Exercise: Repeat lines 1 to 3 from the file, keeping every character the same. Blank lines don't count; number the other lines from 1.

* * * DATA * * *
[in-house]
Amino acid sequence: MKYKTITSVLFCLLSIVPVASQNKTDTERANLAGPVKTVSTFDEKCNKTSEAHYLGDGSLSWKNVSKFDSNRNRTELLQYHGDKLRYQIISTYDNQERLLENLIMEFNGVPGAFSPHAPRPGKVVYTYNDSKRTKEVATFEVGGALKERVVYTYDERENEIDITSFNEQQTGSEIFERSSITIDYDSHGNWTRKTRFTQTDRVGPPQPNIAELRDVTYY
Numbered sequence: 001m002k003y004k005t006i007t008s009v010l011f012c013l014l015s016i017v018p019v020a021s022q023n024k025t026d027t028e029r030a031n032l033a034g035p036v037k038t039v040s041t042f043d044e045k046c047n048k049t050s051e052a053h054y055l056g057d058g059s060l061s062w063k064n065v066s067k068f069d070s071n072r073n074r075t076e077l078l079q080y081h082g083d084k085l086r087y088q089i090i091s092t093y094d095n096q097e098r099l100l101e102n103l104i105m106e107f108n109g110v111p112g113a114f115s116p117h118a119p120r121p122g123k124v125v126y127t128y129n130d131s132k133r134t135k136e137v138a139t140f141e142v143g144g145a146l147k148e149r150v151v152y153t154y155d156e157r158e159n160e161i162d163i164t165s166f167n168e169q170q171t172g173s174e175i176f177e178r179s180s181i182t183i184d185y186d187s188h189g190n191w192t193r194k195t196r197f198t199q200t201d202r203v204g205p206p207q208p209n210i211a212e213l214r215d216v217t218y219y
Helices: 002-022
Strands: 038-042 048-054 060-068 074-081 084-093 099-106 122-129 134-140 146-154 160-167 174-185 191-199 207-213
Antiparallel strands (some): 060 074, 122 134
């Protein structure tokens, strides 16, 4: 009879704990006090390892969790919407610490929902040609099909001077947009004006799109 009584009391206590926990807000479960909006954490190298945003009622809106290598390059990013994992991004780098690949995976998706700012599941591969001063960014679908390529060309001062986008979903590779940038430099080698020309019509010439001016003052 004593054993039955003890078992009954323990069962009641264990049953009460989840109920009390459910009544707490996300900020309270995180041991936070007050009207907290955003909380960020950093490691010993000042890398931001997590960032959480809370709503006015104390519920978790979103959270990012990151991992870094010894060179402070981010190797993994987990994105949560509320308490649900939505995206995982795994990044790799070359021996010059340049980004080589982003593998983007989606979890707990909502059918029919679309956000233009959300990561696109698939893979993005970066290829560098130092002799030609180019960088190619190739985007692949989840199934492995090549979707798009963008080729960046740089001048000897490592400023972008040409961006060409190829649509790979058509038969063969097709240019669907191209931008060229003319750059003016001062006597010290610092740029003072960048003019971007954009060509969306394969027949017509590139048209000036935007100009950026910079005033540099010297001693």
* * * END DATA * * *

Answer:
[in-house]
Amino acid sequence: MKYKTITSVLFCLLSIVPVASQNKTDTERANLAGPVKTVSTFDEKCNKTSEAHYLGDGSLSWKNVSKFDSNRNRTELLQYHGDKLRYQIISTYDNQERLLENLIMEFNGVPGAFSPHAPRPGKVVYTYNDSKRTKEVATFEVGGALKERVVYTYDERENEIDITSFNEQQTGSEIFERSSITIDYDSHGNWTRKTRFTQTDRVGPPQPNIAELRDVTYY
Numbered sequence: 001m002k003y004k005t006i007t008s009v010l011f012c013l014l015s016i017v018p019v020a021s022q023n024k025t026d027t028e029r030a031n032l033a034g035p036v037k038t039v040s041t042f043d044e045k046c047n048k049t050s051e052a053h054y055l056g057d058g059s060l061s062w063k064n065v066s067k068f069d070s071n072r073n074r075t076e077l078l079q080y081h082g083d084k085l086r087y088q089i090i091s092t093y094d095n096q097e098r099l100l101e102n103l104i105m106e107f108n109g110v111p112g113a114f115s116p117h118a119p120r121p122g123k124v125v126y127t128y129n130d131s132k133r134t135k136e137v138a139t140f141e142v143g144g145a146l147k148e149r150v151v152y153t154y155d156e157r158e159n160e161i162d163i164t165s166f167n168e169q170q171t172g173s174e175i176f177e178r179s180s181i182t183i184d185y186d187s188h189g190n191w192t193r194k195t196r197f198t199q200t201d202r203v204g205p206p207q208p209n210i211a212e213l214r215d216v217t218y219y